Despite such horrors and other issues such as a widespread famine and continued international pressure, the family dynasty has remained intact and is likely to do so for the foreseeable future – mainly due to the elaborate government controls on all aspects of North Korean life.
Presently, one of the only authoritarian countries showing signs of potentially abandoning autocracy is China. With the prospect of increased personal wealth and travel opportunities for millions of urban Chinese threatening the absolute authority of the Communist Party, the Chinese leadership has begun to slowly grant citizens more personal freedoms in a bid to retain control.
Even with such a small increase in personal freedoms it should still be noted that there is still complete government control of the media and political system. Political protesters and citizens routinely go ‘missing’ and many never return, often presumed to have been executed by the authorities.
Whilst still a cause for concern, if compared with the paths taken by other industrially advanced countries it is hoped that further Chinese economic development will fuel deeper international involvement and responsibility; this in theory leading to increased personal freedoms and an abandonment of authoritarian practices. It is unlikely however that this process will occur anytime soon, even if such predictions were to prove correct.
Despite what would appear to be an overwhelmingly negative outlook with regards to disposing of more dictators, tyrants and terrorists, the future is actually not as bleak as it may seem at a first glance. Not only are my predictions just that – predictions – but they are also based on rationale and logic; both these things are inherently difficult to apply to the constantly morphing world of international politics.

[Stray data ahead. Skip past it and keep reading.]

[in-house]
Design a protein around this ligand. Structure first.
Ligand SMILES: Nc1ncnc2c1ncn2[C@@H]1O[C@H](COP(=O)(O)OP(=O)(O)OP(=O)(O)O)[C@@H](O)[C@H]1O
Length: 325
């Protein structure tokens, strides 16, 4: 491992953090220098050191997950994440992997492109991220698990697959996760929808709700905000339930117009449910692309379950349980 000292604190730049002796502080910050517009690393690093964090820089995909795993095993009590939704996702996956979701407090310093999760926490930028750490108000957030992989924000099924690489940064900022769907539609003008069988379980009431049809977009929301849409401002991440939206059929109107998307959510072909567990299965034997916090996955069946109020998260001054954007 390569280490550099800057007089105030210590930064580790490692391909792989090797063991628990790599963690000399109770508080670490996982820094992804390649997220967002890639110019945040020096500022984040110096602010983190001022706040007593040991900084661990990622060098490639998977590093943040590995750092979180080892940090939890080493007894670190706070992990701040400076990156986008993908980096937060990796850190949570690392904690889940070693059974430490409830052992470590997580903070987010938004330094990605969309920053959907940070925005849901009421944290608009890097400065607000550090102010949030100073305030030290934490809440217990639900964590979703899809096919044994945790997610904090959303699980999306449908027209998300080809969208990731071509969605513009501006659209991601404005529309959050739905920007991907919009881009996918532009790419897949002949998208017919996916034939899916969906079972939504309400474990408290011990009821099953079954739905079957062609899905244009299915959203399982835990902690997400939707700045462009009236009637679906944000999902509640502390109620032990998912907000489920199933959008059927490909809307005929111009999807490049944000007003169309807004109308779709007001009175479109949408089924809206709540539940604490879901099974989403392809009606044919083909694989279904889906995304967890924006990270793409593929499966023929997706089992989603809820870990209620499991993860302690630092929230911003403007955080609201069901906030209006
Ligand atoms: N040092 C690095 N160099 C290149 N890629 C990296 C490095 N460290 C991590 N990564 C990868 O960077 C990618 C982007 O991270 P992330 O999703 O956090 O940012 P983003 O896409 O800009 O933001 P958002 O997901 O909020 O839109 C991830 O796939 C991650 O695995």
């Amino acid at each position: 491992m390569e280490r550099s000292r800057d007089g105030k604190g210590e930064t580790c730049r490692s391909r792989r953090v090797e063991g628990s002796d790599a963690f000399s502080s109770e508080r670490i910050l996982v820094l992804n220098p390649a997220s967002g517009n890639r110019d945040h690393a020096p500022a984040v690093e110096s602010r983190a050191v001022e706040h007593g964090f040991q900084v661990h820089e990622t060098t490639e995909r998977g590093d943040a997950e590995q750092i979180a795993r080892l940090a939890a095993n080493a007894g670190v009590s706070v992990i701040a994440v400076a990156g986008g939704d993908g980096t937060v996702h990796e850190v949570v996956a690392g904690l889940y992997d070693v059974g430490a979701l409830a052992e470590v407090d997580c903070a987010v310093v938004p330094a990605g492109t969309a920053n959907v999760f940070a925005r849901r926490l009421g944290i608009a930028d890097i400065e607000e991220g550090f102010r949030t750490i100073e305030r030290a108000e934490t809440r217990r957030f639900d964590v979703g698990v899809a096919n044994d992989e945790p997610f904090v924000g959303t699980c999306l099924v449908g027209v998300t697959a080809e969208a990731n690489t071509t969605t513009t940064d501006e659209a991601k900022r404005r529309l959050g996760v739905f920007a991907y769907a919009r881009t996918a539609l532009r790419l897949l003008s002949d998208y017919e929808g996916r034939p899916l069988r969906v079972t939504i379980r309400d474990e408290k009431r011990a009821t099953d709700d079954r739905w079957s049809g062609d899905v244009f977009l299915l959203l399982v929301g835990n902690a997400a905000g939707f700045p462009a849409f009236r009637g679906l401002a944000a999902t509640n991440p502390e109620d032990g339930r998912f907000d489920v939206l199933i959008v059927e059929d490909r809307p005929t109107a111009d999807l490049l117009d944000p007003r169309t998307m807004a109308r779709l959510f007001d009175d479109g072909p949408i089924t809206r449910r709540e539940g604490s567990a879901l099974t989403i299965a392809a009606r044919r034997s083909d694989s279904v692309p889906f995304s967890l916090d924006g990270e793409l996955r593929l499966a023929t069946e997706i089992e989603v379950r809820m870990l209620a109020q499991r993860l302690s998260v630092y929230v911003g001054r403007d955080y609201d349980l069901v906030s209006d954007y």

An example of this constantly morphing political world can be seen during the height of the Cold War when despite high-level meetings between Ronald Reagan and Mikhail Gorbachev no political commentator from either the East or West predicted the fall of the Berlin Wall and collapse of the Soviet Union. Instead, complacency and a purely accidental misunderstanding on the part of Soviet press secretary Günter Schabowski led to the downfall of Communism in Europe.
There are also far more dictators, dynasties, terrorists and tyrants remaining in the world than covered in this article; these including the governments of states such as Zimbabwe, Saudi Arabia, Iran and Burma as well as the second in command of Al Qaida, Al Zawahiri. Each has their own unique circumstances and to analyse all would be a task of enormous undertaking.
And to answer the question posed earlier in the article? Yes, there are many despicable people and governments left in power and yes they will eventually fall. History has repeatedly proven this. All that remains to be seen is how, when and where.